Alison Beaumont moved to Lake Country from the U.K. over 10 years ago and she more than understands the importance of strong community relationships.
With little family in the area, artist Beaumont said she has had to rely on the kindness of strangers, her neighbours and her community.
“I can’t describe how phenomenal the support is in this community,” Beaumont said.
“Being an immigrant, I have always valued my neighbours and community and I am so thankful that I have their support on a daily basis,” she said.
Now, as a sign of her appreciation and to show the rest of Canada the incredible support from residents in Lake Country, Beaumont has applied for a Telus Storyhive Production grant worth $50,000 which would allow her to extend her work about women in the community.
“The idea was they wanted local documentaries about local people that have a local feel to them,” she said. “So, I thought this was a really great way to continue this project and give back to Lake Country.”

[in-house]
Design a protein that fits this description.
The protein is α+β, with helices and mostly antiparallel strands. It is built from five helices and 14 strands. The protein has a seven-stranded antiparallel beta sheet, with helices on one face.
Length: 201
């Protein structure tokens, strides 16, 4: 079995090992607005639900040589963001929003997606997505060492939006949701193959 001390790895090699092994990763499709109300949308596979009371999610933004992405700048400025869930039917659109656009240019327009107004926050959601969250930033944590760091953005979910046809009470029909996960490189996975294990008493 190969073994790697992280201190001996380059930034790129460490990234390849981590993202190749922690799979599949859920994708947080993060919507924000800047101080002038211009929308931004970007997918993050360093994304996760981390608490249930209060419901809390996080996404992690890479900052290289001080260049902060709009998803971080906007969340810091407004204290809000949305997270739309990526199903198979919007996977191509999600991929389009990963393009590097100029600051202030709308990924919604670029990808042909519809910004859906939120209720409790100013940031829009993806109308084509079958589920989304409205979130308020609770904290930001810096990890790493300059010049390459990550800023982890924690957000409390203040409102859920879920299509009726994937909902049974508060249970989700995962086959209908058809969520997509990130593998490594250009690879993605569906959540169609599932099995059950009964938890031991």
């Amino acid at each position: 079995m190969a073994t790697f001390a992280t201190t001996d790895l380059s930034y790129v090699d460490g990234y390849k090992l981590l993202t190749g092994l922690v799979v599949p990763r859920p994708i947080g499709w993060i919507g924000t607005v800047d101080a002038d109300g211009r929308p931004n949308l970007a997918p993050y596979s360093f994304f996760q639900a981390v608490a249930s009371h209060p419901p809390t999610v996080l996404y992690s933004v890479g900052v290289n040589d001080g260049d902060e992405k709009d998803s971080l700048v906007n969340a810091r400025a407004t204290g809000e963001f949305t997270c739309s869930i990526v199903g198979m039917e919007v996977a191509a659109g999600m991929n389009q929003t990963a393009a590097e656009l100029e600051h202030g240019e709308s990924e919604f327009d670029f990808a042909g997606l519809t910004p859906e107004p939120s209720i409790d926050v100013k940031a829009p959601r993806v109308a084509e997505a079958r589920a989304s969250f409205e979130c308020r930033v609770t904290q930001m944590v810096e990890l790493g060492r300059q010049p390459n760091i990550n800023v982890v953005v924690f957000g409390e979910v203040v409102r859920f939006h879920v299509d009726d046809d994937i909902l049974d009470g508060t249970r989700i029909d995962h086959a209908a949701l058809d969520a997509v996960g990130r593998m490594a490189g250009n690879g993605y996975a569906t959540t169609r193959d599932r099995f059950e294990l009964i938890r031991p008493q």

She created a series of portraits with short interviews with women in the area for an exhibition at the Lake Country Art Gallery called Welcome to the Neighbourhood. Her short vignettes were a varied collection of perspectives about what community means to women in Lake Country.
“Everyone involved was super excited about it,” she said. So she jumped at the opportunity to extend her project when the Storyhive grant became available.
Her project is currently in the voting stage of the grant process. She hopes her Neighbours project will be one of the 30 selected from Alberta and B.C. Votes can be cast until Friday, May 31, online at storyhive.com.
“We all have a part to play (as neighbours), and through the work I did in the previous project, the realization while listening to everyone’s stories is we all have a common connection and if we had more time to spend with each other, it would enrich our lives even more,” Beaumont said.
“We’re all busy being busy,” she said. “It’s just so great to hear how much we appreciate each other, but how we crave more time with each other.”
If selected, she and her seven-year-old son — who moonlights as her creative staff and film crew — will turn their collection of interviews into a full-length documentary.
“I really want to show other women you don’t have to be somebody that has come from a film school background to make a film about community,” she said. “Anything is possible.”
“I also really want to set a good example for my son.”
Beaumont has another art exhibition called Discourse that will open at Kelowna’s Alternator Gallery on June 21.